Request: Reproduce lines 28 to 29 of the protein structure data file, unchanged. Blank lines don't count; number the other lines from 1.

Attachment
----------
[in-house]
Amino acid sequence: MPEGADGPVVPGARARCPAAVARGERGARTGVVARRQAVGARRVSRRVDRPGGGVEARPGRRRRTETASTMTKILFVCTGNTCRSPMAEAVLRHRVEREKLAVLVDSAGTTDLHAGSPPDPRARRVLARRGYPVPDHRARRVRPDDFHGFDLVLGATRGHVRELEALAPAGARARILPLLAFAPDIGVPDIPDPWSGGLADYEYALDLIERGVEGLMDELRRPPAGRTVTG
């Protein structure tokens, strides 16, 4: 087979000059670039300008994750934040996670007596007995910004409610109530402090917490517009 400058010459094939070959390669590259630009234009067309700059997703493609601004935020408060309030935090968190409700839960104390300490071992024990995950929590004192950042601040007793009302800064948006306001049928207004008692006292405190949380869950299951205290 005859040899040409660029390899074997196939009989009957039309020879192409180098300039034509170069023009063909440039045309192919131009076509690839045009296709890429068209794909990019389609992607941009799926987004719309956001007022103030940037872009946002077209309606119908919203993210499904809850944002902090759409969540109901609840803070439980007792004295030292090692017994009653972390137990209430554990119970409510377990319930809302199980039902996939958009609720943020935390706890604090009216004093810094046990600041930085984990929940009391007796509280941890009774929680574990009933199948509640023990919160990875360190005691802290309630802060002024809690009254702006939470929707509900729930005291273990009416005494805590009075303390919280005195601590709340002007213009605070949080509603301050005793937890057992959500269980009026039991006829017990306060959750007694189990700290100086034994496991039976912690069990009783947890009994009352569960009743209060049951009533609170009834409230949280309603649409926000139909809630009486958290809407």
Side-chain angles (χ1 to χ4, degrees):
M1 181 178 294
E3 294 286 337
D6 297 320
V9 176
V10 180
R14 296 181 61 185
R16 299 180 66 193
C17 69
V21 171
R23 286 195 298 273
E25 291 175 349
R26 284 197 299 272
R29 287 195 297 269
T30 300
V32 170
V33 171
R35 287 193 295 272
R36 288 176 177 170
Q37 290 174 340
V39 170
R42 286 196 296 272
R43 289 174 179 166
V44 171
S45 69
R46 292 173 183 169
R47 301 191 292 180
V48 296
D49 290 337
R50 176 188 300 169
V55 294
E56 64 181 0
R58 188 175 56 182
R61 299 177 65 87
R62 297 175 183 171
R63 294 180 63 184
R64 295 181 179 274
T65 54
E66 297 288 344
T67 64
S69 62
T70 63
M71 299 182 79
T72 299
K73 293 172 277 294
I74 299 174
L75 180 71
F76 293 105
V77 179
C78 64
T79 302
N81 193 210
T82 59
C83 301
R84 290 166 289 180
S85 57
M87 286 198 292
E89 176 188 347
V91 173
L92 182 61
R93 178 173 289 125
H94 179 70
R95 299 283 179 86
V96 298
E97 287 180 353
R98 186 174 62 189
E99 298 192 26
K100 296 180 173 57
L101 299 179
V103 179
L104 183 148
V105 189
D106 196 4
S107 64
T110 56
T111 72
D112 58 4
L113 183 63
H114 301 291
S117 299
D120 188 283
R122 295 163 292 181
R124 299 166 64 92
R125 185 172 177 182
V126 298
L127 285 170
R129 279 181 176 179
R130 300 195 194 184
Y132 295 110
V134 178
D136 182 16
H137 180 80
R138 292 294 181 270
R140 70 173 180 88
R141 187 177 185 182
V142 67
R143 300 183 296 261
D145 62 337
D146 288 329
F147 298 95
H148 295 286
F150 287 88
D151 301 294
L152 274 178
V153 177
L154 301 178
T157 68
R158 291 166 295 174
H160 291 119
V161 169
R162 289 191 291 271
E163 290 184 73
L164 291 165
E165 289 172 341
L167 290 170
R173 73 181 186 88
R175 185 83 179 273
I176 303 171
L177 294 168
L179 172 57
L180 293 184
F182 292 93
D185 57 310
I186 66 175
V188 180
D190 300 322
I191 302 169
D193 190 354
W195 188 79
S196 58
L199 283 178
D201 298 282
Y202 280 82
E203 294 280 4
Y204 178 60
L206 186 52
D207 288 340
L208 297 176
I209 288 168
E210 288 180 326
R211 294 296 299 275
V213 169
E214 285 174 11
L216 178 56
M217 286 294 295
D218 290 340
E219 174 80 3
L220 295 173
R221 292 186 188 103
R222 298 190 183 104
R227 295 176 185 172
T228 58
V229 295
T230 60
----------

S45 69
R46 292 173 183 169